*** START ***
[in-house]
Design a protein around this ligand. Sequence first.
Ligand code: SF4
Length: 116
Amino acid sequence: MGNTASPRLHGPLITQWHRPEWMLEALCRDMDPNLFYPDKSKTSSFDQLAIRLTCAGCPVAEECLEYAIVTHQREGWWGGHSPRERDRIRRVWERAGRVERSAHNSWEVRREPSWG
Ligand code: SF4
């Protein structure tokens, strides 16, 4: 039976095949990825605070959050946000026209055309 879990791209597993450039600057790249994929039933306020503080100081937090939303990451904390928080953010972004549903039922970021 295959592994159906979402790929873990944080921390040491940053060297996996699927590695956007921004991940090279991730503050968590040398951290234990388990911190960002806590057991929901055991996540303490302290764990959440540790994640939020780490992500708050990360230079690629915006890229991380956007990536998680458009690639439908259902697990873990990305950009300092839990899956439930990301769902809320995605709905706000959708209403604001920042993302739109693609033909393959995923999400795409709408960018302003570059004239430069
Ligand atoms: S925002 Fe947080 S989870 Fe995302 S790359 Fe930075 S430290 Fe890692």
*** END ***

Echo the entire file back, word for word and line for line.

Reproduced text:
[in-house]
Design a protein around this ligand. Sequence first.
Ligand code: SF4
Length: 116
Amino acid sequence: MGNTASPRLHGPLITQWHRPEWMLEALCRDMDPNLFYPDKSKTSSFDQLAIRLTCAGCPVAEECLEYAIVTHQREGWWGGHSPRERDRIRRVWERAGRVERSAHNSWEVRREPSWG
Ligand code: SF4
């Protein structure tokens, strides 16, 4: 039976095949990825605070959050946000026209055309 879990791209597993450039600057790249994929039933306020503080100081937090939303990451904390928080953010972004549903039922970021 295959592994159906979402790929873990944080921390040491940053060297996996699927590695956007921004991940090279991730503050968590040398951290234990388990911190960002806590057991929901055991996540303490302290764990959440540790994640939020780490992500708050990360230079690629915006890229991380956007990536998680458009690639439908259902697990873990990305950009300092839990899956439930990301769902809320995605709905706000959708209403604001920042993302739109693609033909393959995923999400795409709408960018302003570059004239430069
Ligand atoms: S925002 Fe947080 S989870 Fe995302 S790359 Fe930075 S430290 Fe890692």